The law of entrainment is one of the most beautiful laws of physics. The law was first noted by Christiaan Huygens in 1667 when he observed two clock pendulums set in oppositional motion come into alignment with each other. The principle comes from energy seeking the most efficient means of expression. More energy is used unnecessarily when things are out of sync. So, ultimately, the whole of vibrating reality seeks the highest vibration available in the moment. If we must have laws, that is an awesome law to have in operation.

In this world of vibrant frequencies, each object and event will have a resonant frequency that is stabilizing or shifting it in this moment. Trudie said today she found it “scary” to think that everything is in a constant state of flux and we are not aware of the movement. Things appear stable and solid, but this is merely an illusion created by vibrating molecules of trapped photon light in motion interacting with our marvelous earthsuit- the body. It is scary and sacred at the same time, or, as Grace Jones put it, “scary, but fun.”

My thinking on all this is still a hodge-podge as the Universe brings new information in everyday. Brian Greene explaining the Theory of Special Relativity, where I learn a concept called “justified.” I am justified in my conclusions based on my assessment of the data at hand. This is part of The Observer Effect. As example, Greene said we would be “justified” in concluding that the sun revolves around the earth based on what we can observe from this earth-bound vantage point. Then, Dr. Robert Lanza makes a case for a theory of the Universe that asserts that, without our earthsuits and the perceptions allowed by our senses, there would be no Universe. The Universe is an orchestrated light and sound show that cannot manifest without consciousness aware of it through perception. When I close my eyes, the room disappears. And the only way to wrap your mind around that is to be able to remove yourself from the equation. Which sounds like it would be the opposite of Dr. Lanza’s hypothesis called Biocentrism. So, I am sure I made a few quantum leaps and possible misrepresentations here, and I have presented my current sense of these ideas to the best of my understanding. The highest vibe simply says your work is to know the sounding world and share it with others.

This concept of reality, this ever moving, constantly changing framework for the world I live in is difficult to embrace in its totality. In other words, I don’t get it. Not really. And I really want to get it. At this point in my life, I am a devoted seeker of a deep understanding/knowing of the divine essence of reality that is audio vibrational frequency. Probably beyond audio frequencies, but that is a good place to start for me as I am very at home in my ears. And “In C” is my resonant template and frequency generator. I am using “In C” like a person without sight might use a cane and her hands to know a world she doesn’t fully comprehend.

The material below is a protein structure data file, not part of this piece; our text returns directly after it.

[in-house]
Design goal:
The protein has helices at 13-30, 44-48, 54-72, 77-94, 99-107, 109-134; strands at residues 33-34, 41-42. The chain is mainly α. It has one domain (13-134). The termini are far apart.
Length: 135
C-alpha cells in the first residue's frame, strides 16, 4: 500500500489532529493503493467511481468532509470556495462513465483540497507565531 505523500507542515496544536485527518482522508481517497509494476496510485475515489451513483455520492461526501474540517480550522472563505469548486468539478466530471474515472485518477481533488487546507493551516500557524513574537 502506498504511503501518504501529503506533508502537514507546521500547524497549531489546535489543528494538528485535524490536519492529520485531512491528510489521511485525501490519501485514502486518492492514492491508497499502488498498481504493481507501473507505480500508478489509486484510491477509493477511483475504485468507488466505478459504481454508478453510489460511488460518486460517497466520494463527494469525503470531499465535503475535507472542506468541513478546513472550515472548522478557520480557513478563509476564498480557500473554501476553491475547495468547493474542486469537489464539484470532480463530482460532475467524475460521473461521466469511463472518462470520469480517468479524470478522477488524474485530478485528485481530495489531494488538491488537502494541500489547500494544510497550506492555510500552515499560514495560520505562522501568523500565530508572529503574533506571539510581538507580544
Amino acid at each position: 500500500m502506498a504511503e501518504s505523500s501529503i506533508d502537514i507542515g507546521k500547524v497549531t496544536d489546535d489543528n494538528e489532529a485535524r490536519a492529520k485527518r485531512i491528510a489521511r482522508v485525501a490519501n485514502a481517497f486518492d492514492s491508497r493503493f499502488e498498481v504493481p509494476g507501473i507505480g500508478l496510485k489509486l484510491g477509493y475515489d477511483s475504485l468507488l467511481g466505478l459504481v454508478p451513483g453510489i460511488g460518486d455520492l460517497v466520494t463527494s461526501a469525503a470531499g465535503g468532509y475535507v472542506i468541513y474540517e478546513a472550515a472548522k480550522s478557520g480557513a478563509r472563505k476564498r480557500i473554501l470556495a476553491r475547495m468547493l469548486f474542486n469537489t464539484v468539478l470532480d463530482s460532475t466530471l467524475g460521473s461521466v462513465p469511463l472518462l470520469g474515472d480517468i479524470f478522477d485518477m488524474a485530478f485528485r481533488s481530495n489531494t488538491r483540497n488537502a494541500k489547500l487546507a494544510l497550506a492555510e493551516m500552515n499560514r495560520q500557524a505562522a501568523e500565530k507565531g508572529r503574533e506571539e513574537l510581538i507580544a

Our second attunement happened yesterday with Xopher, Susanne and Chris Eubank in attendance. we focused in on two sections of “In C” that are interesting and accessible. Playing Patterns 8 through 14 allows us to begin and end with long tone phrases. The long tones are a nice beginning and ending place for all the players. Then we worked with Patterns 48 through to the end, which begins with long tones and ends with eighth note patterns swirling around the sonic space. We are taking the tempo at 60 pulses per minute, which is signifigantly slower than most recordings of “In C.”

As I mentioned in a previous post, I am developing ensembles of voices that I like and that showcase the harmonics of “In C.” For the fledgling outing of this year long celebration of “In C” at 50 years, I will feature the Music Box Ensemble. This group of voices tends to be high and shimmery with lots of harmonics spinning around. Here is a snapshot of the frequency curve when all the MBE voices were playing Patterns 8 through 14 in the Sun (Ra) Room.

20140415-101706.jpg